It is not also widely known that, even if the property is owned as joint tenants, if one party dies and has a dependent child who claims against the estate the joint tenancy can be severed so the property can be used to provide for that child. This might be completely contrary to the intentions of the parties and other arrangements such as taking out a life insurance policy should be considered.
If a property is transferred into joint names this could have many consequences, such as it could be relevant if the person dies within 7 years and there is Inheritance tax (IHT) to pay on the estate. If the transferring party still lives, there is this a reservation of benefit and IHT is always due? The transfer itself may attract IHT now if the person’ assets are large, let alone stamp duty on any assumption of a mortgage debt plus capital gains tax implications, if the property was not their main residence.
A colleague in another High Street firm has had to involve the Court of Protection in a sale. The owner has left the property by her Will to one person, but this now needs to be sold for care home fees so that beneficiary may then not receive anything as that was the only legacy she was to receive. He needs the Court’s permission for the sale as the owner no longer has capacity but also to amend her Will, so the beneficiary will obtain something under the Will.
We often act for sales where the clients are in the middle of a divorce or selling pursuant to a Court Order. Often the parties have not agreed how to divide the assets and we have to ensure an agreement is reached or the funds are held on deposit until they are, then check any payment out is in accordance with the agreement or Order. I appreciate Conveyancers are used to these types of sales but it is important to have some knowledge of the divorce process, so the precise terms are carried out.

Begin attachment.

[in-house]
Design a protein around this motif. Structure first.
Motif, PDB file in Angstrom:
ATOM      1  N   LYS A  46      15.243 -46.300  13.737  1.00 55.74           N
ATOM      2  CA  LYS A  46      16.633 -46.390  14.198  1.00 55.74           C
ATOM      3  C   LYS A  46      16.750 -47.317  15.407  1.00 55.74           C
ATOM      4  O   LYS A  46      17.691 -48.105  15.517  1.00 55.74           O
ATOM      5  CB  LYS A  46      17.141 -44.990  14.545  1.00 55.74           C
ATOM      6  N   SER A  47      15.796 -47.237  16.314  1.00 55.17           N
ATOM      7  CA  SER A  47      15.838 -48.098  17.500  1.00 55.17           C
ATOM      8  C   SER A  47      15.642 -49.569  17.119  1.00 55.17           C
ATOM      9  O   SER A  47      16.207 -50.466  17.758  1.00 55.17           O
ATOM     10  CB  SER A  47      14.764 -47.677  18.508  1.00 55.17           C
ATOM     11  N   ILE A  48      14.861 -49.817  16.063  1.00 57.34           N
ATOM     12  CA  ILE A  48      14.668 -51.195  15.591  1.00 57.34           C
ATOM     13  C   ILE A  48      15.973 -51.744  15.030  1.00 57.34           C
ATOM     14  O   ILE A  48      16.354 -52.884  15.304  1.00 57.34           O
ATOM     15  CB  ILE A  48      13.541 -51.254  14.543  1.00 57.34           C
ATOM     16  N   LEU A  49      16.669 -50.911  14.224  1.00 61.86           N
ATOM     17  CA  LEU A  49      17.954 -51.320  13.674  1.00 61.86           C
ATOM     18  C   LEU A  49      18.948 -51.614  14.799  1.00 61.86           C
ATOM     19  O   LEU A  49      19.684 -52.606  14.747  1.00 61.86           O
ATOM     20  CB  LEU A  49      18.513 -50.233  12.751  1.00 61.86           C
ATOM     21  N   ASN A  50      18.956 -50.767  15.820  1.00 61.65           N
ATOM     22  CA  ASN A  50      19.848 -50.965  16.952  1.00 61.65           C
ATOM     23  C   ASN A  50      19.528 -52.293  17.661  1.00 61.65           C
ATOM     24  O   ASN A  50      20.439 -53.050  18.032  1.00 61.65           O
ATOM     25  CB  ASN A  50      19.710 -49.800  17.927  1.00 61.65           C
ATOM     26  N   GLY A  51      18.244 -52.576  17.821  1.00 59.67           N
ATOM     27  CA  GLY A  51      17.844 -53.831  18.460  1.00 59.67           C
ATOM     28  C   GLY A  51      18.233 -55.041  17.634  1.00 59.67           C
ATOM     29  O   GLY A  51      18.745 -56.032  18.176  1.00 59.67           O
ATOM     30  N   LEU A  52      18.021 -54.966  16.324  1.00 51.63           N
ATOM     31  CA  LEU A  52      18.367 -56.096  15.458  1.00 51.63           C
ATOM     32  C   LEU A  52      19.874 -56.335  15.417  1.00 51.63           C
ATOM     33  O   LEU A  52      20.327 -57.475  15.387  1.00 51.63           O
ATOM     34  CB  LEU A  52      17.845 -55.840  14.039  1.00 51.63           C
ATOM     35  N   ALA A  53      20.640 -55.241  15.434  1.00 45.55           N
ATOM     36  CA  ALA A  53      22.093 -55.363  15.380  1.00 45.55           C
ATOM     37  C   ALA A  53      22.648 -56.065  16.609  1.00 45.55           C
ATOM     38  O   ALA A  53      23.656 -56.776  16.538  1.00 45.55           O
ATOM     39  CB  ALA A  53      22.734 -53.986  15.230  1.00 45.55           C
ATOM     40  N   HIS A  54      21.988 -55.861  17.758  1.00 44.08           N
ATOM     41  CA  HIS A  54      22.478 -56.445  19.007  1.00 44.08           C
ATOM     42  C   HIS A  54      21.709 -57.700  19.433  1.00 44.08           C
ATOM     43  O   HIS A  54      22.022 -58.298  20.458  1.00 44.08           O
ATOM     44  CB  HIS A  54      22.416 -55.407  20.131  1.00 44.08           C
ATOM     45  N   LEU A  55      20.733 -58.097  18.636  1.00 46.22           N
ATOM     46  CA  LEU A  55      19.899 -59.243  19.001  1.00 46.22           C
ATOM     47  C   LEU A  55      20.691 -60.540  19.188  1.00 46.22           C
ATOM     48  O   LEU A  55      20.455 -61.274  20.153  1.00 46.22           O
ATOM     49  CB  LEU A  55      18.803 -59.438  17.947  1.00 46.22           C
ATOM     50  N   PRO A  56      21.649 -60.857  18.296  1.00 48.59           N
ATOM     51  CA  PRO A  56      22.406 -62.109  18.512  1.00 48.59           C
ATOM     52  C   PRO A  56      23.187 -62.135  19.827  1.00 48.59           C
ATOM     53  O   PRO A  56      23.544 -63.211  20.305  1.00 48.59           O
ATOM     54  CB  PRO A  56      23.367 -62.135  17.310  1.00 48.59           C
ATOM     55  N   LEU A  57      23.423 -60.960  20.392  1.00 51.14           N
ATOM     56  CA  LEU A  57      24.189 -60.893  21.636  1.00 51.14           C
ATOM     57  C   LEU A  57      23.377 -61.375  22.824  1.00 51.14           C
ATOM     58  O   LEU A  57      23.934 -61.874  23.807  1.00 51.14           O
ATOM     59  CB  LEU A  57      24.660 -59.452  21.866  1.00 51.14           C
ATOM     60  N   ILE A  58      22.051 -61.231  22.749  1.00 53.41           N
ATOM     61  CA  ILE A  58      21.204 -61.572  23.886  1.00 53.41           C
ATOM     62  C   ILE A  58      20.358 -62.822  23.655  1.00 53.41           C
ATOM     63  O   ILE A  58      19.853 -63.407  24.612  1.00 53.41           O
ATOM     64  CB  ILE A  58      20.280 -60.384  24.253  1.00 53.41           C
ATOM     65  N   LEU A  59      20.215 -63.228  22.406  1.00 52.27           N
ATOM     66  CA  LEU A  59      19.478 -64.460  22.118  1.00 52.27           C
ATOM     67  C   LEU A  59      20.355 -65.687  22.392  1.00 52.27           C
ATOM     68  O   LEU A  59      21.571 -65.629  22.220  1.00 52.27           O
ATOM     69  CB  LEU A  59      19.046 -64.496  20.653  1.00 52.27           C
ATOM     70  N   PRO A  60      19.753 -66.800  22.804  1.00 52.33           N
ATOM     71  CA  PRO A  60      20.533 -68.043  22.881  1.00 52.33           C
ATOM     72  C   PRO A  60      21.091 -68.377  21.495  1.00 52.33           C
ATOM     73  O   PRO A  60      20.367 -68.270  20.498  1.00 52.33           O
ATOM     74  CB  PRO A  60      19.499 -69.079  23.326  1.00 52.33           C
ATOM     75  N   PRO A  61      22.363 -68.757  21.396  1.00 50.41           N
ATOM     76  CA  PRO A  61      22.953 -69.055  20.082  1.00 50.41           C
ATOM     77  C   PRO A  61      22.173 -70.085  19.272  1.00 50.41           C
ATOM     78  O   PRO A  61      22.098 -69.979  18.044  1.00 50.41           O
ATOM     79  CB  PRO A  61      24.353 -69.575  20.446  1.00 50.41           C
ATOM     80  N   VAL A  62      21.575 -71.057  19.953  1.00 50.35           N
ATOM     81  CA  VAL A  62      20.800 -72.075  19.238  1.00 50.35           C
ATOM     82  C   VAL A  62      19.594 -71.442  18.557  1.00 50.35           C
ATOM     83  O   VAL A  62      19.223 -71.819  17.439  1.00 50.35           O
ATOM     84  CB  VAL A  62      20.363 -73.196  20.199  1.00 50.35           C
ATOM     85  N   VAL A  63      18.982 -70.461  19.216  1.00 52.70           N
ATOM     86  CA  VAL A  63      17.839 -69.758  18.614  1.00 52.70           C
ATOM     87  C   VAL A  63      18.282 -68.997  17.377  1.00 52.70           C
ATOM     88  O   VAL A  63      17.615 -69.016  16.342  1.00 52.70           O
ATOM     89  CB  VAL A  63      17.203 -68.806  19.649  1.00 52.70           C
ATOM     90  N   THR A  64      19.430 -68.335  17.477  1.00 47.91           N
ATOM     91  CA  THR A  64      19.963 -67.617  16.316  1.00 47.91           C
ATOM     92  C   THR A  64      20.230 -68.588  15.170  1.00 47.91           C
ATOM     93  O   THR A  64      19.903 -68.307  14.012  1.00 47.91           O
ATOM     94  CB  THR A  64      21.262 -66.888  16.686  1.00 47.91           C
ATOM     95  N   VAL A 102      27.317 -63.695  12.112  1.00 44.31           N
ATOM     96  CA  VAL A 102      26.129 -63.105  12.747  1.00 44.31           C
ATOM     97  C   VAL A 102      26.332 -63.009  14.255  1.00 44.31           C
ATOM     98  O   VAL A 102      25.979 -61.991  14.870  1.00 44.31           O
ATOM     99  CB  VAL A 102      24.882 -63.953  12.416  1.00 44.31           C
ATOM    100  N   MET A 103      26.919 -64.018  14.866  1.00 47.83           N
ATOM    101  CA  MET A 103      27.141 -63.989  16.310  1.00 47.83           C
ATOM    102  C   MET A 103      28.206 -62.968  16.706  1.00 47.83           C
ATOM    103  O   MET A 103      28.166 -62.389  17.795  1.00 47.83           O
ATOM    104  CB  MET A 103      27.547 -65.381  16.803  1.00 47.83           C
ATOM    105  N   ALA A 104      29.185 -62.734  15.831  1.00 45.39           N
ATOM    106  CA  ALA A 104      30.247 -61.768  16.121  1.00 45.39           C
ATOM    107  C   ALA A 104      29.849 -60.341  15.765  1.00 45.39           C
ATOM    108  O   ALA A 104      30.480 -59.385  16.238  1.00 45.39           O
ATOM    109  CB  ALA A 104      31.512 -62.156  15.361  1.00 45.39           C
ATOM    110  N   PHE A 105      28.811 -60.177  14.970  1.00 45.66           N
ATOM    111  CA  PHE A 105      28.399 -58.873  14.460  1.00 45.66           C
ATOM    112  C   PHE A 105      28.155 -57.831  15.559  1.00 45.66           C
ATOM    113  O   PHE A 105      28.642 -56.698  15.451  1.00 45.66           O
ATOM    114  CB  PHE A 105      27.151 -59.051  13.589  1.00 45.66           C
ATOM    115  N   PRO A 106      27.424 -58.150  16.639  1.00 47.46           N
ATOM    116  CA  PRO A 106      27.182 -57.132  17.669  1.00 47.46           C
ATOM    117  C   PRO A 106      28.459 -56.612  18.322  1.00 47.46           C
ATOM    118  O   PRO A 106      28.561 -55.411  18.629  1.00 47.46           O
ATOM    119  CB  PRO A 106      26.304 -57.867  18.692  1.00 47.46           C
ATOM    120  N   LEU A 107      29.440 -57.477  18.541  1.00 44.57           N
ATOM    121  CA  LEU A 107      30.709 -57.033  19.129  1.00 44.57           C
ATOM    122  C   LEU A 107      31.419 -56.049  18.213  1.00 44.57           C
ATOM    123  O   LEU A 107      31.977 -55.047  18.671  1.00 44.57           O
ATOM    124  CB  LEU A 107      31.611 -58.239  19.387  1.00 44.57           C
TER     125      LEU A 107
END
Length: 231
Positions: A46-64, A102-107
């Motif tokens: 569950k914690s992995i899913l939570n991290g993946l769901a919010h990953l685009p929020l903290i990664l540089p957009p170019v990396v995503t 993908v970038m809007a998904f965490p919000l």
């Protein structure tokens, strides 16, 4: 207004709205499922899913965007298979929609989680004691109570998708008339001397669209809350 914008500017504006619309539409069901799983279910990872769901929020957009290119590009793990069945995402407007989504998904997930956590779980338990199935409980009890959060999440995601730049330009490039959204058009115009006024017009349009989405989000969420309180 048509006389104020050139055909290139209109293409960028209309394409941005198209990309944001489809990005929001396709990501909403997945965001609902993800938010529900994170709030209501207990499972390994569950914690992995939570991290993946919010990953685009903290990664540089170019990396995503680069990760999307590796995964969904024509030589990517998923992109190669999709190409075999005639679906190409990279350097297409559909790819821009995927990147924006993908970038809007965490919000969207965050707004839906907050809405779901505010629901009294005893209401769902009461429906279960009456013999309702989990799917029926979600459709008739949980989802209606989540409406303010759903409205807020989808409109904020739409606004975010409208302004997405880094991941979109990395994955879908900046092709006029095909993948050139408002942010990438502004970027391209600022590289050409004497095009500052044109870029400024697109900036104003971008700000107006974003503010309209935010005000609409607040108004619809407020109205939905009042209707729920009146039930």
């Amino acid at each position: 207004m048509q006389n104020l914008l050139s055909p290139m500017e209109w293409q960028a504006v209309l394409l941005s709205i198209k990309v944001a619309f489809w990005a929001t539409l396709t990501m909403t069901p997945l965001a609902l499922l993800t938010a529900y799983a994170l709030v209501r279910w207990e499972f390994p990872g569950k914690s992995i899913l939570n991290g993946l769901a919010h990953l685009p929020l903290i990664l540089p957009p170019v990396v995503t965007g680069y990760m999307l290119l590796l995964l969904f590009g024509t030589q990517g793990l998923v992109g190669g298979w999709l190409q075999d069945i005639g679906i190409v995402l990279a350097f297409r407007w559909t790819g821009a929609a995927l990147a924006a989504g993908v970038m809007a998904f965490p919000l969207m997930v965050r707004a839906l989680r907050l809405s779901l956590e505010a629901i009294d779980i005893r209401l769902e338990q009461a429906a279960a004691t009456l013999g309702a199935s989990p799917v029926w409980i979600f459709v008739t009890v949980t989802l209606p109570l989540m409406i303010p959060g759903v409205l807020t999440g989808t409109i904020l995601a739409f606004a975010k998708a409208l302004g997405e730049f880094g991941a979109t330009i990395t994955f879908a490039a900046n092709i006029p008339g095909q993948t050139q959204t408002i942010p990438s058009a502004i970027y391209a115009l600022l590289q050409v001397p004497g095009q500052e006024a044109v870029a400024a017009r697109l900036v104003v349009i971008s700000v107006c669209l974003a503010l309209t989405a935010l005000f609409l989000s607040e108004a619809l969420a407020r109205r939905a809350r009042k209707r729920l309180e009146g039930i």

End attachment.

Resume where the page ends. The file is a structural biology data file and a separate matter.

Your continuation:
These are just an illustration as to the issues that can arise in a conveyancing transaction. If conveyancers in a mixed practice firm are unsure about a related matter there is usually someone else they can ask for advice. The Head of the Licensed Conveyancers stated “licensed conveyancers are ‘specialist property lawyers – dabblers by and large are not’. . I totally refute that assertion, we are normally all firms that have passed The Law Society Conveyancing Quality Scheme for many years and I always ensure we keep up to date and immediately cascade any new cases and changes in the law to my staff and ensure our procedures are amended accordingly.
We have a case where the children are selling their Mother’s home to fund care home fees and had been told by Social Services she would not receive help as she had her own house and savings. We have recommended they look into the issue of Continuing Healthcare funded by the NHS, it might not be necessary to sell the home at all.
There are several other issues such as contributions made in cases where one party has gone bankrupt that can be considered.